Experimenting with Exposure Indexing, 24 September 2009


I have already written at length about Exposure Indexing and it’s various effects on the resulting images, so I won’t retread over ground already covered. I’m also tired and trying to figure out how to build a roof cricket, so I suppose it’s fair to say that I’m not entirely focused on matters photographic, at this point. As such, have fun with the photo.


Photo Information:

Camera: Canon AE-1 Program
Lens: Canon 24mm f/2.8 FD
Film: Ilford HP5+ ISO 400 (shot at EI 1600)
Exposure: TTL metering

The subject of the photo, obviously, is the southwest view of the Chicago River from the Michigan Avenue Bridge – those of you who have read some of my previous photography posts have probably seen this view a few times. As I’ve mentioned before, it is one of my favorites, so this may not be the last time the composition makes an appearance here.

I’ll briefly note two things about the photo. First, notice that even with the increased visibility of the film grain, the film still captured a fair amount of detail from the various buildings, and even from the water in the river. Second, notice that the lens I used to capture this photo is a wideangle focal length for a 135 (35mm) camera; even though lenses of this type will always exhibit some degree of distortion, there is actually very little distortion to be seen in this particular case. One of the reasons for this relative lack of distortion is that the lens itself is a “prime” lens – i.e. it has a single, fixed focal length, as opposed to a zoom lens, which has an adjustable range of focal lengths available to it. [1] One important aspect of such prime lenses is that their optical elements can be very specifically designed to handle only one focal length; in zoom lenses, on the other hand, the optical elements must be designed to operate at a range of different focal lengths and, as a result, cannot be optimized for a specific focal length. The end result, as seen here, is that the lens can, under the right circumstances, produce superior results to what one can achieve with a similar setting on a zoom lens. [2][3]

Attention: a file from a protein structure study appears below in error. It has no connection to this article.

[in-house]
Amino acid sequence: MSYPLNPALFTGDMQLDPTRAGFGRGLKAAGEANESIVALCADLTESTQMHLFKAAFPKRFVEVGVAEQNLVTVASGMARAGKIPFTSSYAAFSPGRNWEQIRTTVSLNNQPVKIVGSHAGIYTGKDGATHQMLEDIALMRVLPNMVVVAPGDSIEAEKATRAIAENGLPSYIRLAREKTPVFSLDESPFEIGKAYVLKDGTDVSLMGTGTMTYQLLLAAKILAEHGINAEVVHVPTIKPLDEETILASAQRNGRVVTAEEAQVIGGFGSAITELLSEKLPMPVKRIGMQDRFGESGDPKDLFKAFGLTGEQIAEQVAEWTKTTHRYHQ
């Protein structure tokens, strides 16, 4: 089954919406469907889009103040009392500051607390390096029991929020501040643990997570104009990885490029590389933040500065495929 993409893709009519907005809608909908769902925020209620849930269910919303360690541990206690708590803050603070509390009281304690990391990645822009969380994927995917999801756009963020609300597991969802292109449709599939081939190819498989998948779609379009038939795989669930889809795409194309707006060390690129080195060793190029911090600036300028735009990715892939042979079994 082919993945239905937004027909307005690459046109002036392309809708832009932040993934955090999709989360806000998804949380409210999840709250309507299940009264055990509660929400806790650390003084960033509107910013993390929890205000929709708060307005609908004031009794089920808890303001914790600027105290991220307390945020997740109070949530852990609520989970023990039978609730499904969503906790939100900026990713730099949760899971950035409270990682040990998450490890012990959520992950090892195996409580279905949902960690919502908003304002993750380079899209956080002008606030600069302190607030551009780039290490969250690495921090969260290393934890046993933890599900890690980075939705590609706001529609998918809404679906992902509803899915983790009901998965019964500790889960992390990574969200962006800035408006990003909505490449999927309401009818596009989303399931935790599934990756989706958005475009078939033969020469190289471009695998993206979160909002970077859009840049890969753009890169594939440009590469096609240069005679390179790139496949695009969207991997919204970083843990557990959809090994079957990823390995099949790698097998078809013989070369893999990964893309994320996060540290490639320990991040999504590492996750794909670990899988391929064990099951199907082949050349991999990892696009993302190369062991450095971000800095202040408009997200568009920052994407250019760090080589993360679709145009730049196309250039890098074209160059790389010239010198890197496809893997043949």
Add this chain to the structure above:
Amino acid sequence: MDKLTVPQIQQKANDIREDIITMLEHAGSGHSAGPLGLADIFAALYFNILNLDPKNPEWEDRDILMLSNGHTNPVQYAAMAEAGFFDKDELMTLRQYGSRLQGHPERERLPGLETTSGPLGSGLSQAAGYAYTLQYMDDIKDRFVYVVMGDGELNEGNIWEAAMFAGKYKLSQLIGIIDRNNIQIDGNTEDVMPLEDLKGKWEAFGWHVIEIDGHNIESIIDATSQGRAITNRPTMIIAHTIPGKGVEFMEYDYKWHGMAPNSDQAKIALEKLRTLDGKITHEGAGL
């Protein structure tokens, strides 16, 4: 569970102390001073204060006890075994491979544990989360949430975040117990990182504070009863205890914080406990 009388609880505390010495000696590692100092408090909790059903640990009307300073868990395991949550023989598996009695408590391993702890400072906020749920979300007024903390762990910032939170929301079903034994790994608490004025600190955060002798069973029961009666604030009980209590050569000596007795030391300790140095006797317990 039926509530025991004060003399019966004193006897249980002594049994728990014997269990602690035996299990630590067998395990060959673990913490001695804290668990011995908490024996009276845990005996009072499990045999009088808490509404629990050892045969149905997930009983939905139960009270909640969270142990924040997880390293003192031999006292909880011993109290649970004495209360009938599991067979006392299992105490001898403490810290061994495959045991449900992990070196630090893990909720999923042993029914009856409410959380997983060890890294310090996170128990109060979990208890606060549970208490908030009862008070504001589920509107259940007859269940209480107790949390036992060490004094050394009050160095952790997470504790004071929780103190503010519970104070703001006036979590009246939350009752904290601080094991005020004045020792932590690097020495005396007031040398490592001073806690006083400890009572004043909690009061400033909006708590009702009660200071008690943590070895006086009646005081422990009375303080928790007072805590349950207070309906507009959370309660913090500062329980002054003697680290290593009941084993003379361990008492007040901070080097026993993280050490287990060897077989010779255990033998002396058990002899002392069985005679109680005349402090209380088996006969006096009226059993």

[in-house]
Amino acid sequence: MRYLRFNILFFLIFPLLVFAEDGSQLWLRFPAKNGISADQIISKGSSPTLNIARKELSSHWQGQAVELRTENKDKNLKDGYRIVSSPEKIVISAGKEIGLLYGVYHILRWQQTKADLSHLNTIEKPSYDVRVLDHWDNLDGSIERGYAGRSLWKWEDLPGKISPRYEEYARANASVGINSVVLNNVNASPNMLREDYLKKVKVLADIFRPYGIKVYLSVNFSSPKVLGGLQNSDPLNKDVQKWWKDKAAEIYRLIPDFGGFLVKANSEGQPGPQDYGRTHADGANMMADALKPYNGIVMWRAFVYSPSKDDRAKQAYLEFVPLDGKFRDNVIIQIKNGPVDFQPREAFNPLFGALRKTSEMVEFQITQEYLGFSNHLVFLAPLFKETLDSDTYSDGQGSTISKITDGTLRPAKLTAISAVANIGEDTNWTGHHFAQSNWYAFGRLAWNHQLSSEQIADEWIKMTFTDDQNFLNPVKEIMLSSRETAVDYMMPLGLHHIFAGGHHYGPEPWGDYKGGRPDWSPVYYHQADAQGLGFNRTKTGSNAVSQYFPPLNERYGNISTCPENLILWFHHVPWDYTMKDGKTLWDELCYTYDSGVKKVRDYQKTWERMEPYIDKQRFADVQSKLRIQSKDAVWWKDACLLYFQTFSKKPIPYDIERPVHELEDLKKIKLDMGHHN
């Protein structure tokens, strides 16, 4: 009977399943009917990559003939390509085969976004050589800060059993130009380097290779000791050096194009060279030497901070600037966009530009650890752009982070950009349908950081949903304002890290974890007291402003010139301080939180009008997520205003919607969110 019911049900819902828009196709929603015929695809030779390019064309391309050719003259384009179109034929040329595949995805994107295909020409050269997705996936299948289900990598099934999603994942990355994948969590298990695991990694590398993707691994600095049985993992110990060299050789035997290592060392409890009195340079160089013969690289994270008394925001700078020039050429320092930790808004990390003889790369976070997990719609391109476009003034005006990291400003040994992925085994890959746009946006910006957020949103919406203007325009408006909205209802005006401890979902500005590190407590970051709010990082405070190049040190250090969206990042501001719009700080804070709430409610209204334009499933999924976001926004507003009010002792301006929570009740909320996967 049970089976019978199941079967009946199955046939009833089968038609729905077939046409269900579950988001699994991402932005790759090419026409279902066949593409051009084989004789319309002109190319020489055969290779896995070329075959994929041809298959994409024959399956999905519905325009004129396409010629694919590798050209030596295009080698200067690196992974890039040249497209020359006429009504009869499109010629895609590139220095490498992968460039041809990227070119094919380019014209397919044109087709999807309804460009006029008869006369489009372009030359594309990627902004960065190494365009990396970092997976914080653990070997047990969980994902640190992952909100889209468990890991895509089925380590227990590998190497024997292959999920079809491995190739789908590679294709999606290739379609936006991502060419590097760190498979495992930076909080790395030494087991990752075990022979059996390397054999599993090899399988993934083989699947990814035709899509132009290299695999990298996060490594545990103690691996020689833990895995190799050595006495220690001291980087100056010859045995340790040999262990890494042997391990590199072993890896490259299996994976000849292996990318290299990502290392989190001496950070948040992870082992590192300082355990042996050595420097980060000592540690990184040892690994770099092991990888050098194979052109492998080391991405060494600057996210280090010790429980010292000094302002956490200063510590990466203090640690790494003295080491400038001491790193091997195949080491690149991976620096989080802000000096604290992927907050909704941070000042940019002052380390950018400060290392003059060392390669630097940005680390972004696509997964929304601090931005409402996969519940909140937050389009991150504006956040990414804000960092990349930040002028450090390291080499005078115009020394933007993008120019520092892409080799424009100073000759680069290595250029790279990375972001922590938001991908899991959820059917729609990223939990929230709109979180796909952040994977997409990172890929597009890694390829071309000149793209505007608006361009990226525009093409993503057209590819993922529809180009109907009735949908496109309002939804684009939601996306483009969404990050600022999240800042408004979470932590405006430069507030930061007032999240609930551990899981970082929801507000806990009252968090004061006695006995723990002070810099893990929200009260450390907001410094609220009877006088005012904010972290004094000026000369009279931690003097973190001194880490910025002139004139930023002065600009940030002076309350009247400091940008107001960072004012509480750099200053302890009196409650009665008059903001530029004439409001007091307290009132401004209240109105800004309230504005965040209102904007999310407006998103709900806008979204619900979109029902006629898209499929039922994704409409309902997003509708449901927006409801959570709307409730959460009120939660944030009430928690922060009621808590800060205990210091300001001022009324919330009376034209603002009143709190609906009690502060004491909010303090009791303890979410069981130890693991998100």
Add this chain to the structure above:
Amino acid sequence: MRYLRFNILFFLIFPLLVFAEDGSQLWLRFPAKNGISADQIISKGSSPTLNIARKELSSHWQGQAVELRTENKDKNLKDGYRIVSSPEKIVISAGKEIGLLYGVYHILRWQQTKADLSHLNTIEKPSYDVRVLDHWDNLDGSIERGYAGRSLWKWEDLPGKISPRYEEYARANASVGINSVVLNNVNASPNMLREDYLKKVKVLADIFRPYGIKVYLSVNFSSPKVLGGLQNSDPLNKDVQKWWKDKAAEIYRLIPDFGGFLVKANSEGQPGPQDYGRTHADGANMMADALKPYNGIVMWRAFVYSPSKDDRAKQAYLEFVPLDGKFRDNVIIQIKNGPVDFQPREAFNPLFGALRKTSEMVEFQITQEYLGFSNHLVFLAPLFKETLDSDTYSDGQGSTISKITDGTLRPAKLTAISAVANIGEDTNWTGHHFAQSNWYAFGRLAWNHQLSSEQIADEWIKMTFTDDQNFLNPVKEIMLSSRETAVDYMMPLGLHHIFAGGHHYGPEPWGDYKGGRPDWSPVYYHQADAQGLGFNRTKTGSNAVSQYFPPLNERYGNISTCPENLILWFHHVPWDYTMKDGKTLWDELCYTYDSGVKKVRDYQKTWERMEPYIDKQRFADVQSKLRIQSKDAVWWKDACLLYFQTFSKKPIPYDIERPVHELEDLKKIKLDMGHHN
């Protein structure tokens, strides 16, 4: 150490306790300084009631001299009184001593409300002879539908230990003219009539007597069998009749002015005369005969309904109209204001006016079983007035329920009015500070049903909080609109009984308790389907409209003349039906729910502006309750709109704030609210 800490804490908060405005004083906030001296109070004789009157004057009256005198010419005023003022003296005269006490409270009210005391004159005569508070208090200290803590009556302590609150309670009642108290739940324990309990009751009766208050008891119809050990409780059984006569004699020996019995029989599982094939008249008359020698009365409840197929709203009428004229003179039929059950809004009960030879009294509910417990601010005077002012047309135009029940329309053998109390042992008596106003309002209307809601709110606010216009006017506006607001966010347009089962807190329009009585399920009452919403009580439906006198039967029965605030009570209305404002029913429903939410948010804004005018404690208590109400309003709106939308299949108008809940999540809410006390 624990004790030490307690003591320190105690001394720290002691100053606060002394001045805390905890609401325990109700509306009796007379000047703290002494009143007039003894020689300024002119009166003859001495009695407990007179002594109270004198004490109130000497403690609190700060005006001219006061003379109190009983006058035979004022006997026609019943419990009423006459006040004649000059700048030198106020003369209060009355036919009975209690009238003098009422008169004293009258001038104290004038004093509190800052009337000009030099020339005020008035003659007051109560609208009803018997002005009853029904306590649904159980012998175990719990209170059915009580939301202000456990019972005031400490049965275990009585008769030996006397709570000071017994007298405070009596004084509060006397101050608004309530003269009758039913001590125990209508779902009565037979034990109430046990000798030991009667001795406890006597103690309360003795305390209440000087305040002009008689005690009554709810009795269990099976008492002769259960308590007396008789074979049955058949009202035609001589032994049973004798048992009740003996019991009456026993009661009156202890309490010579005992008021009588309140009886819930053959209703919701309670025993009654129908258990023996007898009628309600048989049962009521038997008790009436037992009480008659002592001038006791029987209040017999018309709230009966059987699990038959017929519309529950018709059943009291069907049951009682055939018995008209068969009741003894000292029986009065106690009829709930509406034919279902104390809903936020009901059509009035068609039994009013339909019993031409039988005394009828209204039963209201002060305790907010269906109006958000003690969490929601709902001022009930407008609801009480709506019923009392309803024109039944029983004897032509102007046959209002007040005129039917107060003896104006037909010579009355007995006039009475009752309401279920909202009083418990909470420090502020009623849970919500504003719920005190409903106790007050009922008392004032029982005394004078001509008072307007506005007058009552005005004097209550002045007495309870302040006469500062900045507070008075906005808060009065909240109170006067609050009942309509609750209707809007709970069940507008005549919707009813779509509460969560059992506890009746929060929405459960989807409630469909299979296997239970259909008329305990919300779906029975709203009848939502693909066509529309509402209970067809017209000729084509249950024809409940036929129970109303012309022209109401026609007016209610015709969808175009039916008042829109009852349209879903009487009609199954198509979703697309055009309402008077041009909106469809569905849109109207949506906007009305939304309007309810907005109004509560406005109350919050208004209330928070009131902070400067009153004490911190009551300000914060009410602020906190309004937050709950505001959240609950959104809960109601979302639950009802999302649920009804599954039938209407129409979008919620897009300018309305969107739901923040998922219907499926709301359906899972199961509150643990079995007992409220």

[1]: Note that the term “Prime” may also refer to the primary lens for a system camera (typically a normal lens, but this depends on the manufacturer and camera model).

[2]: I have noticed a rather jarring contrast between photos I’ve shot on my film cameras using prime lenses, and those shot on my digital camera at a similar focal length setting. Specifically, the zoom lens on my digital camera tends to exhibit far more distortion than the prime lenses on my various film cameras.

[3]: As a rule, I prefer using prime lenses, even if it means that I need to carry multiple lenses. Granted, most medium format SLR systems do not have zoom lenses anyways, but modern AF SLRs and DSLRs are often combined with various zoom lenses, and while camera manufacturers still produce prime lenses, the variety of available primes is far less than it once was. I find this somewhat sad. My favorite lenses are prime lenses, so much so that I often leave my zoom lenses at home when I’m out with one of my system cameras.


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